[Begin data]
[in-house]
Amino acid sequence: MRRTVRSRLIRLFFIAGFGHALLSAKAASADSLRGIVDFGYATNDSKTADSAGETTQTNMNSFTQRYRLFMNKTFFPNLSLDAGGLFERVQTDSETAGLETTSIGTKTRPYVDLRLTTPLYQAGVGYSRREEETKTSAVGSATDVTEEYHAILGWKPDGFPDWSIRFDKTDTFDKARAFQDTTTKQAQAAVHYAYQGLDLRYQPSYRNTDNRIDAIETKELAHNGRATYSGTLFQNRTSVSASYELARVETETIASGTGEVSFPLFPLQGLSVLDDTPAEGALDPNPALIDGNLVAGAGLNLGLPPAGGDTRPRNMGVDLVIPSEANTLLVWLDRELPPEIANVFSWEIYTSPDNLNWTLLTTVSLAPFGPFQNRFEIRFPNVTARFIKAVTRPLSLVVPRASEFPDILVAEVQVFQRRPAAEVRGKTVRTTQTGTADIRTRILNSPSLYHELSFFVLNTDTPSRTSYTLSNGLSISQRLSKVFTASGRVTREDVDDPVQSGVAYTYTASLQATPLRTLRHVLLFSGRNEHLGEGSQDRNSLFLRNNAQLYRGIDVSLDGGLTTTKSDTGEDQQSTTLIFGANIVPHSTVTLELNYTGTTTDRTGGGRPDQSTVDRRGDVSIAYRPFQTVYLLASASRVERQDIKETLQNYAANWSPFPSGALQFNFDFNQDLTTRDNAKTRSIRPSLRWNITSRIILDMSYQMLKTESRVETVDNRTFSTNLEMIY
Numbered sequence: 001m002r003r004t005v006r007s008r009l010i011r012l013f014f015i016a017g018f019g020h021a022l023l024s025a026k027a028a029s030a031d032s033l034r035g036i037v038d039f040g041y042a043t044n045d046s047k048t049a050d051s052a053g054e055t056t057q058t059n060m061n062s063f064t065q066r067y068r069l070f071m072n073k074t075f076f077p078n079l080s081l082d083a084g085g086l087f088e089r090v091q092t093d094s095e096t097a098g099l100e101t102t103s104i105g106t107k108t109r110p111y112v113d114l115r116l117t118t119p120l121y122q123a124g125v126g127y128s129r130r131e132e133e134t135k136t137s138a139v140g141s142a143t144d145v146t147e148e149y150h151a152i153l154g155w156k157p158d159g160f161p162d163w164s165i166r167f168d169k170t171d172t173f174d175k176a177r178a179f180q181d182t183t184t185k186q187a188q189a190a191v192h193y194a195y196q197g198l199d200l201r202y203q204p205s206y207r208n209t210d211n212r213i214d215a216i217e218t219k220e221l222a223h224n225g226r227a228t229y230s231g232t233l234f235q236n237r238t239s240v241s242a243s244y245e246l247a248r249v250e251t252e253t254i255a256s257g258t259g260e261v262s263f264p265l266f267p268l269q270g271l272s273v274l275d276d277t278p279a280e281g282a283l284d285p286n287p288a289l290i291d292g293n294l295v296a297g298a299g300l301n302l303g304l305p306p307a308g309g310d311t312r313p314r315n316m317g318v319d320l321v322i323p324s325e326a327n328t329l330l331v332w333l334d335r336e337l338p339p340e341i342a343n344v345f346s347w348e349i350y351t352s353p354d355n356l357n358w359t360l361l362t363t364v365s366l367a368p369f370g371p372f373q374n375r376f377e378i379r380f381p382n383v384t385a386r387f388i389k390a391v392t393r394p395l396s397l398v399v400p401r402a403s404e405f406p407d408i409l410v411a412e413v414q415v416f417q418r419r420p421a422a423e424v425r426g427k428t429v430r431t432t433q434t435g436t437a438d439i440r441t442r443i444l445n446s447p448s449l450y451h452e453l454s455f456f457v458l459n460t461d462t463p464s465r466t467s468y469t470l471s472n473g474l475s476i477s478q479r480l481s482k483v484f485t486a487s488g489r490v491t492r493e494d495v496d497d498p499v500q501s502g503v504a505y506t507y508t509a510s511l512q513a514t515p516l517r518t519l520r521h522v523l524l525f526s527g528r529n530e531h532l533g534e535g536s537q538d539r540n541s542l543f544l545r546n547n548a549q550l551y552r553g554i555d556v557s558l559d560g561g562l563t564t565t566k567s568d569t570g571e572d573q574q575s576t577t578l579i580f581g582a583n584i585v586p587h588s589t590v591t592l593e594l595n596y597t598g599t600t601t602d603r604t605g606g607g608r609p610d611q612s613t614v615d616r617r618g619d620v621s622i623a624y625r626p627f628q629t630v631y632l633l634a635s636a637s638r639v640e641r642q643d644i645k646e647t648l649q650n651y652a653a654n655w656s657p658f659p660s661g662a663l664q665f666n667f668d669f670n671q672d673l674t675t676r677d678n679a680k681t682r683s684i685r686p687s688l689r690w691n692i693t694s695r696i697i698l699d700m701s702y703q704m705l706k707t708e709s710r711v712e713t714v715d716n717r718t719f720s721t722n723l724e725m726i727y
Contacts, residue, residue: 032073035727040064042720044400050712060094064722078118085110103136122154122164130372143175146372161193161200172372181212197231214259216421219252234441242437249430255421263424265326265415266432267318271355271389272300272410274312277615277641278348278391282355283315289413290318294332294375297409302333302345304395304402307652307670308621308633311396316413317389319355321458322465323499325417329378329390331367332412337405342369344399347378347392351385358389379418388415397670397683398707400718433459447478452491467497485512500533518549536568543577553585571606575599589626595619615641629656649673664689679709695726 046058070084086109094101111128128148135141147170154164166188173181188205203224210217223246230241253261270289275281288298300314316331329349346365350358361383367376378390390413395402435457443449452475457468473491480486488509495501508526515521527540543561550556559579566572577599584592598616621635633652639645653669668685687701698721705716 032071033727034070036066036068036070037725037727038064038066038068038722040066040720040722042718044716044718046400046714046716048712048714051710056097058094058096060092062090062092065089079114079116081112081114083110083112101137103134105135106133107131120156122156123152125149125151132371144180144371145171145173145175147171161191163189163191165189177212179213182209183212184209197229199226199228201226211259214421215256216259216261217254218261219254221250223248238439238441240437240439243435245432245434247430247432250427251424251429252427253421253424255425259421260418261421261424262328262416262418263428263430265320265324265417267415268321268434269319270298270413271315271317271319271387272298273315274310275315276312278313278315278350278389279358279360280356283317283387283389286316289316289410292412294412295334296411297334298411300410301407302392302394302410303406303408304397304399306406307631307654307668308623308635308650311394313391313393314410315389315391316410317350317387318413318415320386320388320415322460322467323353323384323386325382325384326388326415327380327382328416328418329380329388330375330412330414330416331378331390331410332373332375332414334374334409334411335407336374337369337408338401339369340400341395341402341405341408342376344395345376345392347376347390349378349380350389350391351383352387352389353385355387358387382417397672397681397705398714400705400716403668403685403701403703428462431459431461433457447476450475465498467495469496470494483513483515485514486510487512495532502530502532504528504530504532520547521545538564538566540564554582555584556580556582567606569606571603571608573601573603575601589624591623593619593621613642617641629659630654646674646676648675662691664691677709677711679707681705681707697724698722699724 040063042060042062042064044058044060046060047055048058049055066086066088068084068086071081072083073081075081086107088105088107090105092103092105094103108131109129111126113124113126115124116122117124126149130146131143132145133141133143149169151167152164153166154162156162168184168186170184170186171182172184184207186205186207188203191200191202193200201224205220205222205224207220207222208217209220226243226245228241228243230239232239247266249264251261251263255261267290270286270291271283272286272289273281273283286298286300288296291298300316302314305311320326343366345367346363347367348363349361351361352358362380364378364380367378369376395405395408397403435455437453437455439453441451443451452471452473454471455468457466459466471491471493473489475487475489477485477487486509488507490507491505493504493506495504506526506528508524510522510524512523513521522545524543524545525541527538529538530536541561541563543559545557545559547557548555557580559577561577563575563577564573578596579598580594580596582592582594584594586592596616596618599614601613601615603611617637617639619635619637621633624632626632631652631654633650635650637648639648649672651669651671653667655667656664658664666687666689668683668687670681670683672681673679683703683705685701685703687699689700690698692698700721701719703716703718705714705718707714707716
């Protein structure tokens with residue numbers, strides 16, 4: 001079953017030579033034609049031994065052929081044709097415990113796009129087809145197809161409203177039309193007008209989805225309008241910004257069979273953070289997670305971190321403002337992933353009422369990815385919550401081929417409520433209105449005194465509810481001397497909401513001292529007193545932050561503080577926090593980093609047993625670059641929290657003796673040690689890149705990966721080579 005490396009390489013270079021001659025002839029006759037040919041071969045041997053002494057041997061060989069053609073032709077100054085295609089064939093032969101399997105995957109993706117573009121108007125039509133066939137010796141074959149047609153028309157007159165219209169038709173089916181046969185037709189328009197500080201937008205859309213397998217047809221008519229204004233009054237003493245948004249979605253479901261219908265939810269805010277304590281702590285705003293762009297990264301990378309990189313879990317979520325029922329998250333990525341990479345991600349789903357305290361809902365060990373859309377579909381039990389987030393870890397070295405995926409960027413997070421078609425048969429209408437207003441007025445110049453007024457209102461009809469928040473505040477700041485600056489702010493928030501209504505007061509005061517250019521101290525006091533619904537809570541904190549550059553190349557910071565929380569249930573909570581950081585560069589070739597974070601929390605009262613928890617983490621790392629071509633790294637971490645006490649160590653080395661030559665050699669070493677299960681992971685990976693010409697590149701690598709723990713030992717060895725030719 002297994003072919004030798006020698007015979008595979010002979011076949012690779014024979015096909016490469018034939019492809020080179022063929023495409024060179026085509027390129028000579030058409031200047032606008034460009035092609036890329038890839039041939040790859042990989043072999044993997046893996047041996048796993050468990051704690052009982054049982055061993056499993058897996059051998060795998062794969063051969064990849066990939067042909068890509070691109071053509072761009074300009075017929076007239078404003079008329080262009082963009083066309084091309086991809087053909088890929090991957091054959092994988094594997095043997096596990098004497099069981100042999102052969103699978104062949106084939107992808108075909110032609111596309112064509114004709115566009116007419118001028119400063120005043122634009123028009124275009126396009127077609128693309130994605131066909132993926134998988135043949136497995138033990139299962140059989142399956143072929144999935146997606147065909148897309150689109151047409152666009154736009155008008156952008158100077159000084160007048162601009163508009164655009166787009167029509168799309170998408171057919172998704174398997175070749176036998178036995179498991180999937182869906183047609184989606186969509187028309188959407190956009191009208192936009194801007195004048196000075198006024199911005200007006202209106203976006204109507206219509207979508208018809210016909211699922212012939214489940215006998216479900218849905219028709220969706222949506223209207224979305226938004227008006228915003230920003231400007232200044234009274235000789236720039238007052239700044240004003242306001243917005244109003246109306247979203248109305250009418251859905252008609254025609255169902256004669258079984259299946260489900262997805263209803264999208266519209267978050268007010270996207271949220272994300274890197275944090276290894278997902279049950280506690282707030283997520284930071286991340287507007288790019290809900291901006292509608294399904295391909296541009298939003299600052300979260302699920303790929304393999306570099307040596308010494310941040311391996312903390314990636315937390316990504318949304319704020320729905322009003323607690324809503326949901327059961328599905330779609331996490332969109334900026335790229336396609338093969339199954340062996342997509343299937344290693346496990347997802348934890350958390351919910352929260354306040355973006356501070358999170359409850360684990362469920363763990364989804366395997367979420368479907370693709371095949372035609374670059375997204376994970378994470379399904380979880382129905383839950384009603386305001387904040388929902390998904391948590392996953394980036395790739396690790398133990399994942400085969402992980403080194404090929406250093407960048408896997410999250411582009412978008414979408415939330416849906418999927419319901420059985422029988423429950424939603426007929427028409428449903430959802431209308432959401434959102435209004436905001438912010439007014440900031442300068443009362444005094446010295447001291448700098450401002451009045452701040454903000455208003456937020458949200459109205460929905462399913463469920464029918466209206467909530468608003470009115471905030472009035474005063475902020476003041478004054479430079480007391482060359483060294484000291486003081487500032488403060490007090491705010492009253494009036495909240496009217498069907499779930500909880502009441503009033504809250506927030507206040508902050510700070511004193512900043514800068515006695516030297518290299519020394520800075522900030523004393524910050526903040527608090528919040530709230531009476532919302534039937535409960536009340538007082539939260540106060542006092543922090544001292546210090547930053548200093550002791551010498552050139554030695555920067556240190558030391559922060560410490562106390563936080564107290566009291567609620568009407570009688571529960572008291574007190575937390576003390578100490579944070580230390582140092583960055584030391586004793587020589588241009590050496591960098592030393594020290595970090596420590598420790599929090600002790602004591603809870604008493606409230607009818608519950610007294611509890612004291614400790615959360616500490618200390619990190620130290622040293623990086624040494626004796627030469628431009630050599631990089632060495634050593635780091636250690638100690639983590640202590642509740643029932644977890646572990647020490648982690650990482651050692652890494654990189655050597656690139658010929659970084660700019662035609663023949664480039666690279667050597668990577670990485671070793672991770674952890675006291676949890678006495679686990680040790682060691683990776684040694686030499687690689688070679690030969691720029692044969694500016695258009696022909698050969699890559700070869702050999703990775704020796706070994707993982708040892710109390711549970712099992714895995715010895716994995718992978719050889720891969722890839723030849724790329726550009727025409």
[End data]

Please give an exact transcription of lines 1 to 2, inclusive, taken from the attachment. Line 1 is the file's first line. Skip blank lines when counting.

[in-house]
Amino acid sequence: MRRTVRSRLIRLFFIAGFGHALLSAKAASADSLRGIVDFGYATNDSKTADSAGETTQTNMNSFTQRYRLFMNKTFFPNLSLDAGGLFERVQTDSETAGLETTSIGTKTRPYVDLRLTTPLYQAGVGYSRREEETKTSAVGSATDVTEEYHAILGWKPDGFPDWSIRFDKTDTFDKARAFQDTTTKQAQAAVHYAYQGLDLRYQPSYRNTDNRIDAIETKELAHNGRATYSGTLFQNRTSVSASYELARVETETIASGTGEVSFPLFPLQGLSVLDDTPAEGALDPNPALIDGNLVAGAGLNLGLPPAGGDTRPRNMGVDLVIPSEANTLLVWLDRELPPEIANVFSWEIYTSPDNLNWTLLTTVSLAPFGPFQNRFEIRFPNVTARFIKAVTRPLSLVVPRASEFPDILVAEVQVFQRRPAAEVRGKTVRTTQTGTADIRTRILNSPSLYHELSFFVLNTDTPSRTSYTLSNGLSISQRLSKVFTASGRVTREDVDDPVQSGVAYTYTASLQATPLRTLRHVLLFSGRNEHLGEGSQDRNSLFLRNNAQLYRGIDVSLDGGLTTTKSDTGEDQQSTTLIFGANIVPHSTVTLELNYTGTTTDRTGGGRPDQSTVDRRGDVSIAYRPFQTVYLLASASRVERQDIKETLQNYAANWSPFPSGALQFNFDFNQDLTTRDNAKTRSIRPSLRWNITSRIILDMSYQMLKTESRVETVDNRTFSTNLEMIY